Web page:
A valve cover gasket is a seal for the protective valve cover that allows the engine valves to operate in a clean environment and prevents oil from escaping the engine.
Internal combustion engines such as the one found in most passenger vehicles rely on a set of pistons that pedal a crankshaft the way your legs might pedal a bicycle. The pistons move in response to rapidly expanding gases in their respective cylinders as a result of the combustion process. Each cylinder is sealed air tight so that pressure can build up inside. So, a series of valves at the top of the engine open and close in order to allow air and fuel to enter the cylinders and exhaust gases to escape.
The valve cover allows engine oil to work around the valves and other parts of the valve train without spraying all over the engine compartment and without contaminants entering the engine. Some valve covers are sealed against the intake manifold with a liquid sealant, while others feature a gasket. Depending on the number of cylinders in your engine, there might be one or two valve covers and gaskets.
As with most gaskets and seals on an engine, the valve cover gasket is prone to wear over time. When it deteriorates, the seal between the valve cover(s) and the intake manifold is compromised and oil can leak from the engine. The gasket can fail due to overheating, overtightening, frequent changes in temperature, contamination, or a mere lack of use. You might suspect that a valve cover gasket is bad if you notice one or more of the following signs:
The valve cover(s) is located at the top of your engine. To replace the gasket, a technician will first need to remove the upper engine cover and any other shields, guards, cables, or other components that are in the way (including electrical, mechanical, and emission control parts). On larger engines with six or eight cylinders that have multiple valve covers, the intake plenum might also need to be removed (depending on which valve cover gasket is bad).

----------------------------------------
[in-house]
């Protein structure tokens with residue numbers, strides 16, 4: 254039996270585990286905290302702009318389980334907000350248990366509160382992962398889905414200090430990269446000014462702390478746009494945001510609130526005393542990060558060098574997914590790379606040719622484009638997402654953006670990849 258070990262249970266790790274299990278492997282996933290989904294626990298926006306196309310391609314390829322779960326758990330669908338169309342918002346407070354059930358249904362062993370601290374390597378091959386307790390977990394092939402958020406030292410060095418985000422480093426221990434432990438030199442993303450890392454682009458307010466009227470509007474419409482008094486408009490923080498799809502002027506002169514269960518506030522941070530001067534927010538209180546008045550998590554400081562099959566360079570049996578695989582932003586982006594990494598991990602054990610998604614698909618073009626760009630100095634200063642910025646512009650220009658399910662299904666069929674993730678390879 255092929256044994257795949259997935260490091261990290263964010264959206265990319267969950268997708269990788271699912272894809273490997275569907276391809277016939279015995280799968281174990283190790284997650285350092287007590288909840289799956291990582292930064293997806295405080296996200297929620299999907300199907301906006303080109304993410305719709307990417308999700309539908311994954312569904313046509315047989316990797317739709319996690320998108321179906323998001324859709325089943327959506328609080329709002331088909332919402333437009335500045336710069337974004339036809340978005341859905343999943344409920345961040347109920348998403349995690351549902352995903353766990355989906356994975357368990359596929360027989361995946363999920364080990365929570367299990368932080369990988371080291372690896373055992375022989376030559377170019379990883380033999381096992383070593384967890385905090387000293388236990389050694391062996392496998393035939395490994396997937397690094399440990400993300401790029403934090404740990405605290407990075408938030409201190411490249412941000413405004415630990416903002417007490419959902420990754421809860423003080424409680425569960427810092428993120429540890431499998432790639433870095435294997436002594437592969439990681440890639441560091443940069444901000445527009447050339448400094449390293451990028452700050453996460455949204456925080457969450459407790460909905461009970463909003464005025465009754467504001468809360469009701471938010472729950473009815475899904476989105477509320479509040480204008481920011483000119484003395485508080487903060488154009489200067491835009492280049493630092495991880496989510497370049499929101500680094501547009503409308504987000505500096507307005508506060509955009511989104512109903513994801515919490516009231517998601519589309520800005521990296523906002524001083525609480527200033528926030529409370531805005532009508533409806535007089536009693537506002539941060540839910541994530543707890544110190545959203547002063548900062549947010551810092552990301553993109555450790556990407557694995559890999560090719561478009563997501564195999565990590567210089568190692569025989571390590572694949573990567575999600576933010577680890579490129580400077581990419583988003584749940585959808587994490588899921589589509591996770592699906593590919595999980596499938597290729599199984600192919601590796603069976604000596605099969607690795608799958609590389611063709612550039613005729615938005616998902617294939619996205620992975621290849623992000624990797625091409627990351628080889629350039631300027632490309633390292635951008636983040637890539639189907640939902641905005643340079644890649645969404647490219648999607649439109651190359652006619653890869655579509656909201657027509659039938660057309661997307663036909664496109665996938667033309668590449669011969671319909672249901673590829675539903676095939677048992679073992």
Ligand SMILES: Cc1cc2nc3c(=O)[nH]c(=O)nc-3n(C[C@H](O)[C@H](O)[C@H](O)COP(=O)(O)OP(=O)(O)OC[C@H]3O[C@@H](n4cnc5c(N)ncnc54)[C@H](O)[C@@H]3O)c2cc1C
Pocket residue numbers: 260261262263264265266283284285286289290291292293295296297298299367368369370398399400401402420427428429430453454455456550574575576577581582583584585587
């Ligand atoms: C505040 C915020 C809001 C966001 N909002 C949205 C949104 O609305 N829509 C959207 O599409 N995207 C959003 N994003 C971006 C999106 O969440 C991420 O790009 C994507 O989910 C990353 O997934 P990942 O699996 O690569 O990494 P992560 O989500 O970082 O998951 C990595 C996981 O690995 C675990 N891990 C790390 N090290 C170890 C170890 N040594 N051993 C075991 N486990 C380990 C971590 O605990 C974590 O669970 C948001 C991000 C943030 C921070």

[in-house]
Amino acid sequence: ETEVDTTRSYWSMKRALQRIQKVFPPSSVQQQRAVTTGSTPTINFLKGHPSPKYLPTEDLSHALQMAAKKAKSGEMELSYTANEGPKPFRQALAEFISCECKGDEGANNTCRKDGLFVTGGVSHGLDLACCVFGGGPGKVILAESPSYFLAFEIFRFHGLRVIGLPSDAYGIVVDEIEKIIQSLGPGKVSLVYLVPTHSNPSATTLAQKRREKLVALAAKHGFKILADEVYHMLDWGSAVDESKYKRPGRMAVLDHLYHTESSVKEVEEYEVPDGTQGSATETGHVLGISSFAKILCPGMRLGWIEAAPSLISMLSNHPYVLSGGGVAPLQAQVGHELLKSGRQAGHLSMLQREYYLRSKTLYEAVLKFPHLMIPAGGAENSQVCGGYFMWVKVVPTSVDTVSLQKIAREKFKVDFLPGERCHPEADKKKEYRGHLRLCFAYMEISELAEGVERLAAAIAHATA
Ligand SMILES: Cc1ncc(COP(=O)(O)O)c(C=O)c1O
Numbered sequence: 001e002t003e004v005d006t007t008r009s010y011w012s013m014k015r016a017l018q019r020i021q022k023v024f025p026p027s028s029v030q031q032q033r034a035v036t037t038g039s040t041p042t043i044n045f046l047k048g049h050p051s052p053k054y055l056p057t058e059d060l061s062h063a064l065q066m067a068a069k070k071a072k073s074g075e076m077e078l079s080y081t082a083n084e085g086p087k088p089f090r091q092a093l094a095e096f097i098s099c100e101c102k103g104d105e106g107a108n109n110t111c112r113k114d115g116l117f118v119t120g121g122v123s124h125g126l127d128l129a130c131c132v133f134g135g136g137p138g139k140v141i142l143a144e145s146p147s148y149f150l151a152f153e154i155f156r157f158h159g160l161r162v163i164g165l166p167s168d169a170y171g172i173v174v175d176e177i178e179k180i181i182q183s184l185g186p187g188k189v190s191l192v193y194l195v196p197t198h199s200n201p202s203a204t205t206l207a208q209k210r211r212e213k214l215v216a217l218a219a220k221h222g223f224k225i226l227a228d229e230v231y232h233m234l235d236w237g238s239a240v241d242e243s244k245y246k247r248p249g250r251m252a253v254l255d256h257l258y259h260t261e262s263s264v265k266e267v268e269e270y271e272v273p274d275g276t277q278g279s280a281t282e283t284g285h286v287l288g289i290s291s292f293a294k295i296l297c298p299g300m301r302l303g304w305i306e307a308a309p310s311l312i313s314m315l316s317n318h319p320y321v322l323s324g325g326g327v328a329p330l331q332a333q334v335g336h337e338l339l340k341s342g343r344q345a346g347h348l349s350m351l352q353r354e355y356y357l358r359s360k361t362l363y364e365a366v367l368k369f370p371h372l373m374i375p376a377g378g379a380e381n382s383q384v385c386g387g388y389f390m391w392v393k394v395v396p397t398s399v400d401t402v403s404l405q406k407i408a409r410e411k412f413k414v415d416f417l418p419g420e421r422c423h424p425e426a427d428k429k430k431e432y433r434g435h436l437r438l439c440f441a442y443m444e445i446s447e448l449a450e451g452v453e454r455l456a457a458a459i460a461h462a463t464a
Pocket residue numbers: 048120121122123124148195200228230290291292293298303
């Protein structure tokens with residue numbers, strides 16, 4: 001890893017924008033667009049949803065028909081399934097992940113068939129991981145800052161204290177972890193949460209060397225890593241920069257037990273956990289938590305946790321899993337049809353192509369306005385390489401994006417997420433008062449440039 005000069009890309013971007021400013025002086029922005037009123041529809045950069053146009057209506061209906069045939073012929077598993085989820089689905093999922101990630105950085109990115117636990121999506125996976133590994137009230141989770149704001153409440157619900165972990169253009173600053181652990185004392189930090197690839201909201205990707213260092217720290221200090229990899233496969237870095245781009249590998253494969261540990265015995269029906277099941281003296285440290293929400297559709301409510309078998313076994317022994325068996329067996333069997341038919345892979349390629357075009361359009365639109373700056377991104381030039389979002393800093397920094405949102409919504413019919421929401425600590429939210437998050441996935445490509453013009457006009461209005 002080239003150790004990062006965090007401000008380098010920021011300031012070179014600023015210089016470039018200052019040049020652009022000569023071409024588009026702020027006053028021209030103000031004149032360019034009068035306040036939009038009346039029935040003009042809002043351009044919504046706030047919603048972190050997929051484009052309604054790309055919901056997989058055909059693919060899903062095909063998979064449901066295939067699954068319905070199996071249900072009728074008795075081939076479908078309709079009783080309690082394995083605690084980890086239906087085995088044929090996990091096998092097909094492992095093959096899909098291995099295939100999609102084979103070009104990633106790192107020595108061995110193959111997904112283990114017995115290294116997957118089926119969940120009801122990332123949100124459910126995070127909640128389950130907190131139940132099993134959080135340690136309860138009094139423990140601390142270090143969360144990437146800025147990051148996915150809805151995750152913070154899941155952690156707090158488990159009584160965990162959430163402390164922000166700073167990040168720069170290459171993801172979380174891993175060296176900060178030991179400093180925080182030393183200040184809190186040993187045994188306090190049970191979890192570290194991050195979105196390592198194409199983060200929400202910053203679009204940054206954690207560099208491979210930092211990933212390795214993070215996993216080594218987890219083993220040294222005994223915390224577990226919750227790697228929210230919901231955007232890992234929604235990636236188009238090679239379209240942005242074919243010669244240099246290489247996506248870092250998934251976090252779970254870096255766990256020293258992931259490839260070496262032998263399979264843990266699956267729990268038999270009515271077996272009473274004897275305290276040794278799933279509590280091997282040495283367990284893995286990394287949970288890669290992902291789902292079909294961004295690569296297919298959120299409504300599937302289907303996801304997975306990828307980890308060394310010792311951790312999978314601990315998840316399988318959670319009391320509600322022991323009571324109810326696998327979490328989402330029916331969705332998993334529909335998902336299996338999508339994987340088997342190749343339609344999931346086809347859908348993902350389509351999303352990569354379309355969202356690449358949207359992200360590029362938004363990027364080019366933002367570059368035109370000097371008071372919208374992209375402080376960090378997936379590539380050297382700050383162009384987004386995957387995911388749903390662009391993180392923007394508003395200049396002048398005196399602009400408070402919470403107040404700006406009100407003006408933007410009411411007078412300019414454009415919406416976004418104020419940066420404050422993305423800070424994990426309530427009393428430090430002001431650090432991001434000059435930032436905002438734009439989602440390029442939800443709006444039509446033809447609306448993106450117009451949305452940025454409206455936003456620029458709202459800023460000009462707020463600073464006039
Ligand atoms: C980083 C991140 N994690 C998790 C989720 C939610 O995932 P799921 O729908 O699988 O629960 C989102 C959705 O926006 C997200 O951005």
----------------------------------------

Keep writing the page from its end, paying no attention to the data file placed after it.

With all components out of the way, the valve cover retaining bolts securing it to the intake manifold are removed and the valve cover is carefully dislodged from the engine. Care must be exercised to avoid damage to either the mounting flange on the intake manifold or to the valve cover. Old sealant material, whether a liquid type or a gasket (or both) must be removed from the mounting surfaces of both components as well. The technician might also check the mounting flanges to make sure they are straight and undamaged.
Once the intake manifold and valve cover have been prepped, the new gasket is put in place. The valve cover is inserted and the retaining bolts are installed and torqued to manufacturer’s specifications. Finally, the engine is turned on and checked for oil leaks.
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